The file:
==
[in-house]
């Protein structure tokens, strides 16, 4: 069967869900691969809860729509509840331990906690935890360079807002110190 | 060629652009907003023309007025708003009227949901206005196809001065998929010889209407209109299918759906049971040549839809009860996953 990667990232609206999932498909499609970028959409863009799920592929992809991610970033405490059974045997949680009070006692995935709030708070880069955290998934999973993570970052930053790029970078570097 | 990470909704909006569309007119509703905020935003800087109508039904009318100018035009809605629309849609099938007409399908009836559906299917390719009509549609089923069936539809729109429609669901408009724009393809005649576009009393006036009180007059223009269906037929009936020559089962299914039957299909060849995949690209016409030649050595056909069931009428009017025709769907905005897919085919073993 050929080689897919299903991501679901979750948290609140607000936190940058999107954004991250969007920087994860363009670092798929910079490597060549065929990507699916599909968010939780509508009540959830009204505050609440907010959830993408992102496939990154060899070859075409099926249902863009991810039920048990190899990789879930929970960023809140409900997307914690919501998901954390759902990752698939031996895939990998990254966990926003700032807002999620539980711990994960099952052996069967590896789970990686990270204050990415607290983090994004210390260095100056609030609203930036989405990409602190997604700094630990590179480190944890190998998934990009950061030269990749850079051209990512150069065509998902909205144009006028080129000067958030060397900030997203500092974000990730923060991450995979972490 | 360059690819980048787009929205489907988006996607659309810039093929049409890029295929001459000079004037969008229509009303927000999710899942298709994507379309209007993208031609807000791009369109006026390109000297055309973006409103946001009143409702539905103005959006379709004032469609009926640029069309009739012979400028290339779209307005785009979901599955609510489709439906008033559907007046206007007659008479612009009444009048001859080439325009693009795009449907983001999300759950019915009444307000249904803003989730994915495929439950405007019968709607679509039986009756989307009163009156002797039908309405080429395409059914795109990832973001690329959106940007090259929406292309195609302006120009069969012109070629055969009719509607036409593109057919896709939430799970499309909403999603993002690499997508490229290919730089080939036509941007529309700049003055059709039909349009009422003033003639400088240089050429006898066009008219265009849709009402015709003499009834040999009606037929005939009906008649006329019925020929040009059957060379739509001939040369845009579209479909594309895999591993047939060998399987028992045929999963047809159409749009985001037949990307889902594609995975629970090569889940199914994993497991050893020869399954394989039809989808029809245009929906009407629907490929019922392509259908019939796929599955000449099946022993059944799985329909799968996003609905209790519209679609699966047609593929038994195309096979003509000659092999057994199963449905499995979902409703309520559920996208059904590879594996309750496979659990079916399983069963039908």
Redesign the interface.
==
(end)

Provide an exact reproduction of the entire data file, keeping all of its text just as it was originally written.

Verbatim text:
[in-house]
């Protein structure tokens, strides 16, 4: 069967869900691969809860729509509840331990906690935890360079807002110190 | 060629652009907003023309007025708003009227949901206005196809001065998929010889209407209109299918759906049971040549839809009860996953 990667990232609206999932498909499609970028959409863009799920592929992809991610970033405490059974045997949680009070006692995935709030708070880069955290998934999973993570970052930053790029970078570097 | 990470909704909006569309007119509703905020935003800087109508039904009318100018035009809605629309849609099938007409399908009836559906299917390719009509549609089923069936539809729109429609669901408009724009393809005649576009009393006036009180007059223009269906037929009936020559089962299914039957299909060849995949690209016409030649050595056909069931009428009017025709769907905005897919085919073993 050929080689897919299903991501679901979750948290609140607000936190940058999107954004991250969007920087994860363009670092798929910079490597060549065929990507699916599909968010939780509508009540959830009204505050609440907010959830993408992102496939990154060899070859075409099926249902863009991810039920048990190899990789879930929970960023809140409900997307914690919501998901954390759902990752698939031996895939990998990254966990926003700032807002999620539980711990994960099952052996069967590896789970990686990270204050990415607290983090994004210390260095100056609030609203930036989405990409602190997604700094630990590179480190944890190998998934990009950061030269990749850079051209990512150069065509998902909205144009006028080129000067958030060397900030997203500092974000990730923060991450995979972490 | 360059690819980048787009929205489907988006996607659309810039093929049409890029295929001459000079004037969008229509009303927000999710899942298709994507379309209007993208031609807000791009369109006026390109000297055309973006409103946001009143409702539905103005959006379709004032469609009926640029069309009739012979400028290339779209307005785009979901599955609510489709439906008033559907007046206007007659008479612009009444009048001859080439325009693009795009449907983001999300759950019915009444307000249904803003989730994915495929439950405007019968709607679509039986009756989307009163009156002797039908309405080429395409059914795109990832973001690329959106940007090259929406292309195609302006120009069969012109070629055969009719509607036409593109057919896709939430799970499309909403999603993002690499997508490229290919730089080939036509941007529309700049003055059709039909349009009422003033003639400088240089050429006898066009008219265009849709009402015709003499009834040999009606037929005939009906008649006329019925020929040009059957060379739509001939040369845009579209479909594309895999591993047939060998399987028992045929999963047809159409749009985001037949990307889902594609995975629970090569889940199914994993497991050893020869399954394989039809989808029809245009929906009407629907490929019922392509259908019939796929599955000449099946022993059944799985329909799968996003609905209790519209679609699966047609593929038994195309096979003509000659092999057994199963449905499995979902409703309520559920996208059904590879594996309750496979659990079916399983069963039908």
Redesign the interface.